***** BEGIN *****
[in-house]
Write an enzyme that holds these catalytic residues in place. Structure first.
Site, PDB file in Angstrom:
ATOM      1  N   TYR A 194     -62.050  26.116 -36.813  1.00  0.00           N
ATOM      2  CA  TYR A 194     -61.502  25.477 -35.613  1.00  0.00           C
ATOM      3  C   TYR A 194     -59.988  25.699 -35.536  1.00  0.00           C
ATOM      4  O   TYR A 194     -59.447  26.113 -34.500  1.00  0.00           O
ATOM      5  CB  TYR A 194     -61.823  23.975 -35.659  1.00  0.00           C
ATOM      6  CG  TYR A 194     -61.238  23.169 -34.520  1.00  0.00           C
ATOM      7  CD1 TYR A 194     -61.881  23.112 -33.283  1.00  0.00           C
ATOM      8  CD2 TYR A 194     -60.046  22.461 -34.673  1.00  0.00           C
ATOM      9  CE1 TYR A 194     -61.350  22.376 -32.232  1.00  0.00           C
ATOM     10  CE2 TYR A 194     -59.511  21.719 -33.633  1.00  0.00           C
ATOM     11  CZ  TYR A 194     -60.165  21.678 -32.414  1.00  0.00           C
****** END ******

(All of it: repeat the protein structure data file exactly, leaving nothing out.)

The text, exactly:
[in-house]
Write an enzyme that holds these catalytic residues in place. Structure first.
Site, PDB file in Angstrom:
ATOM      1  N   TYR A 194     -62.050  26.116 -36.813  1.00  0.00           N
ATOM      2  CA  TYR A 194     -61.502  25.477 -35.613  1.00  0.00           C
ATOM      3  C   TYR A 194     -59.988  25.699 -35.536  1.00  0.00           C
ATOM      4  O   TYR A 194     -59.447  26.113 -34.500  1.00  0.00           O
ATOM      5  CB  TYR A 194     -61.823  23.975 -35.659  1.00  0.00           C
ATOM      6  CG  TYR A 194     -61.238  23.169 -34.520  1.00  0.00           C
ATOM      7  CD1 TYR A 194     -61.881  23.112 -33.283  1.00  0.00           C
ATOM      8  CD2 TYR A 194     -60.046  22.461 -34.673  1.00  0.00           C
ATOM      9  CE1 TYR A 194     -61.350  22.376 -32.232  1.00  0.00           C
ATOM     10  CE2 TYR A 194     -59.511  21.719 -33.633  1.00  0.00           C
ATOM     11  CZ  TYR A 194     -60.165  21.678 -32.414  1.00  0.00           C